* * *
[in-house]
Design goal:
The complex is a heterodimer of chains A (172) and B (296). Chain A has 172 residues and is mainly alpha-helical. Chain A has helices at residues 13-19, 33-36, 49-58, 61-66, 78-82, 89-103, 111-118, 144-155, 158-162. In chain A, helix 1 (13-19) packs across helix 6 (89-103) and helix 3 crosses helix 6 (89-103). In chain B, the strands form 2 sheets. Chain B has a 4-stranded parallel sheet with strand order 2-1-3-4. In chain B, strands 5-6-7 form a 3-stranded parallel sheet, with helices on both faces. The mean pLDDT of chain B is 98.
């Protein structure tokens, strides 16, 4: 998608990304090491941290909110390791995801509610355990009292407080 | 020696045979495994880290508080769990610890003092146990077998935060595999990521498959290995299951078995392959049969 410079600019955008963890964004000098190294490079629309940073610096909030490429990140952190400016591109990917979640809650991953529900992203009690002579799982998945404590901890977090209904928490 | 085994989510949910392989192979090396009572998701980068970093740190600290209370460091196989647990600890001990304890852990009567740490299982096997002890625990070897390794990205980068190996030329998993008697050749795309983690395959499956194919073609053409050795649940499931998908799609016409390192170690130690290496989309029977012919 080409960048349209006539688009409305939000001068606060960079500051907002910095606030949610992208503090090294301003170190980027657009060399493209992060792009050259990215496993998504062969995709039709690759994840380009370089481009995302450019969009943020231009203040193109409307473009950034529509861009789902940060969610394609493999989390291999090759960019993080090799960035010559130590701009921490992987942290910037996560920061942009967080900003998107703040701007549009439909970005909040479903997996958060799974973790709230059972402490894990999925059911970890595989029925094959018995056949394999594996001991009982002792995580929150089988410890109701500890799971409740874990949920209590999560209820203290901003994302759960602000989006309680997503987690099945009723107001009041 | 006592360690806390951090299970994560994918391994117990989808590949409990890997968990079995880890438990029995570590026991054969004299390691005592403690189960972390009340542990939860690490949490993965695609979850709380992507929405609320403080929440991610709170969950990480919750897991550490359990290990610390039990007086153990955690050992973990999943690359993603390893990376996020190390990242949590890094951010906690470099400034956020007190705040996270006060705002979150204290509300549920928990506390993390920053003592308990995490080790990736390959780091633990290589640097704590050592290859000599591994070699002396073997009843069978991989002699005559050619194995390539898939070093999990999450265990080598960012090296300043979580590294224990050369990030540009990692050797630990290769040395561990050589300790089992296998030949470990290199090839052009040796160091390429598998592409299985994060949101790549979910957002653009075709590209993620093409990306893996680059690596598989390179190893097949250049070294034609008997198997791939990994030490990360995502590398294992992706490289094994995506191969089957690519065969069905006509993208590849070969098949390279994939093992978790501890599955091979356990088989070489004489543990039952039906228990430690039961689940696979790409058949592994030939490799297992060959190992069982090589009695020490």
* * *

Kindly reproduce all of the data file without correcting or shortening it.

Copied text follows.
[in-house]
Design goal:
The complex is a heterodimer of chains A (172) and B (296). Chain A has 172 residues and is mainly alpha-helical. Chain A has helices at residues 13-19, 33-36, 49-58, 61-66, 78-82, 89-103, 111-118, 144-155, 158-162. In chain A, helix 1 (13-19) packs across helix 6 (89-103) and helix 3 crosses helix 6 (89-103). In chain B, the strands form 2 sheets. Chain B has a 4-stranded parallel sheet with strand order 2-1-3-4. In chain B, strands 5-6-7 form a 3-stranded parallel sheet, with helices on both faces. The mean pLDDT of chain B is 98.
């Protein structure tokens, strides 16, 4: 998608990304090491941290909110390791995801509610355990009292407080 | 020696045979495994880290508080769990610890003092146990077998935060595999990521498959290995299951078995392959049969 410079600019955008963890964004000098190294490079629309940073610096909030490429990140952190400016591109990917979640809650991953529900992203009690002579799982998945404590901890977090209904928490 | 085994989510949910392989192979090396009572998701980068970093740190600290209370460091196989647990600890001990304890852990009567740490299982096997002890625990070897390794990205980068190996030329998993008697050749795309983690395959499956194919073609053409050795649940499931998908799609016409390192170690130690290496989309029977012919 080409960048349209006539688009409305939000001068606060960079500051907002910095606030949610992208503090090294301003170190980027657009060399493209992060792009050259990215496993998504062969995709039709690759994840380009370089481009995302450019969009943020231009203040193109409307473009950034529509861009789902940060969610394609493999989390291999090759960019993080090799960035010559130590701009921490992987942290910037996560920061942009967080900003998107703040701007549009439909970005909040479903997996958060799974973790709230059972402490894990999925059911970890595989029925094959018995056949394999594996001991009982002792995580929150089988410890109701500890799971409740874990949920209590999560209820203290901003994302759960602000989006309680997503987690099945009723107001009041 | 006592360690806390951090299970994560994918391994117990989808590949409990890997968990079995880890438990029995570590026991054969004299390691005592403690189960972390009340542990939860690490949490993965695609979850709380992507929405609320403080929440991610709170969950990480919750897991550490359990290990610390039990007086153990955690050992973990999943690359993603390893990376996020190390990242949590890094951010906690470099400034956020007190705040996270006060705002979150204290509300549920928990506390993390920053003592308990995490080790990736390959780091633990290589640097704590050592290859000599591994070699002396073997009843069978991989002699005559050619194995390539898939070093999990999450265990080598960012090296300043979580590294224990050369990030540009990692050797630990290769040395561990050589300790089992296998030949470990290199090839052009040796160091390429598998592409299985994060949101790549979910957002653009075709590209993620093409990306893996680059690596598989390179190893097949250049070294034609008997198997791939990994030490990360995502590398294992992706490289094994995506191969089957690519065969069905006509993208590849070969098949390279994939093992978790501890599955091979356990088989070489004489543990039952039906228990430690039961689940696979790409058949592994030939490799297992060959190992069982090589009695020490």